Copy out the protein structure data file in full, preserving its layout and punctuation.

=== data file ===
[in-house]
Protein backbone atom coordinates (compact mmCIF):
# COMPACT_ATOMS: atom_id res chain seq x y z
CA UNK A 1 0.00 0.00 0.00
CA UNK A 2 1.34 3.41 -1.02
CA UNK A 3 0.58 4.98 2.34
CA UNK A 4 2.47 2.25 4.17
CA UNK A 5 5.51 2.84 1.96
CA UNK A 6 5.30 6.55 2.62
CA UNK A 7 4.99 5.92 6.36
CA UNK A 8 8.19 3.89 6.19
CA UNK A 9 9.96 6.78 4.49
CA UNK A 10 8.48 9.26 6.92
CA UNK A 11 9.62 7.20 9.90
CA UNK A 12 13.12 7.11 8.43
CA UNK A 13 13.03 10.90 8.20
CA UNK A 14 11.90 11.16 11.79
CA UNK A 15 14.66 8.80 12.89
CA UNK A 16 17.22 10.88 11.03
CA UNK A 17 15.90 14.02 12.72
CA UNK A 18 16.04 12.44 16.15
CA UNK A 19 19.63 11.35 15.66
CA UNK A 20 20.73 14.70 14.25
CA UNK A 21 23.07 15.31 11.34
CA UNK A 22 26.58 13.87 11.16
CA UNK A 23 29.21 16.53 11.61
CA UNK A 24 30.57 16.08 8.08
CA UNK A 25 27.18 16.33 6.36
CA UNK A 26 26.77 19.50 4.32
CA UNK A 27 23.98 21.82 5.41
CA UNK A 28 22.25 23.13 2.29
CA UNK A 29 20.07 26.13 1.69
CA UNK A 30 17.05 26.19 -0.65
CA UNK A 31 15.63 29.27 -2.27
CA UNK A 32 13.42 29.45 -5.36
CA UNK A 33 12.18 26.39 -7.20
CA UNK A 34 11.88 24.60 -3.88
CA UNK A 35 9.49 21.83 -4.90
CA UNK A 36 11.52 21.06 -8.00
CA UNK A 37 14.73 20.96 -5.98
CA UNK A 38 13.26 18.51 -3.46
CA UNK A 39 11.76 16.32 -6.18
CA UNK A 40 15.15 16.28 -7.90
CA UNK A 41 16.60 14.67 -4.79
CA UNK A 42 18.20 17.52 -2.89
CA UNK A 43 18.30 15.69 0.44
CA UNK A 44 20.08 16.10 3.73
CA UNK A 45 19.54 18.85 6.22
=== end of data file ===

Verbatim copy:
[in-house]
Protein backbone atom coordinates (compact mmCIF):
# COMPACT_ATOMS: atom_id res chain seq x y z
CA UNK A 1 0.00 0.00 0.00
CA UNK A 2 1.34 3.41 -1.02
CA UNK A 3 0.58 4.98 2.34
CA UNK A 4 2.47 2.25 4.17
CA UNK A 5 5.51 2.84 1.96
CA UNK A 6 5.30 6.55 2.62
CA UNK A 7 4.99 5.92 6.36
CA UNK A 8 8.19 3.89 6.19
CA UNK A 9 9.96 6.78 4.49
CA UNK A 10 8.48 9.26 6.92
CA UNK A 11 9.62 7.20 9.90
CA UNK A 12 13.12 7.11 8.43
CA UNK A 13 13.03 10.90 8.20
CA UNK A 14 11.90 11.16 11.79
CA UNK A 15 14.66 8.80 12.89
CA UNK A 16 17.22 10.88 11.03
CA UNK A 17 15.90 14.02 12.72
CA UNK A 18 16.04 12.44 16.15
CA UNK A 19 19.63 11.35 15.66
CA UNK A 20 20.73 14.70 14.25
CA UNK A 21 23.07 15.31 11.34
CA UNK A 22 26.58 13.87 11.16
CA UNK A 23 29.21 16.53 11.61
CA UNK A 24 30.57 16.08 8.08
CA UNK A 25 27.18 16.33 6.36
CA UNK A 26 26.77 19.50 4.32
CA UNK A 27 23.98 21.82 5.41
CA UNK A 28 22.25 23.13 2.29
CA UNK A 29 20.07 26.13 1.69
CA UNK A 30 17.05 26.19 -0.65
CA UNK A 31 15.63 29.27 -2.27
CA UNK A 32 13.42 29.45 -5.36
CA UNK A 33 12.18 26.39 -7.20
CA UNK A 34 11.88 24.60 -3.88
CA UNK A 35 9.49 21.83 -4.90
CA UNK A 36 11.52 21.06 -8.00
CA UNK A 37 14.73 20.96 -5.98
CA UNK A 38 13.26 18.51 -3.46
CA UNK A 39 11.76 16.32 -6.18
CA UNK A 40 15.15 16.28 -7.90
CA UNK A 41 16.60 14.67 -4.79
CA UNK A 42 18.20 17.52 -2.89
CA UNK A 43 18.30 15.69 0.44
CA UNK A 44 20.08 16.10 3.73
CA UNK A 45 19.54 18.85 6.22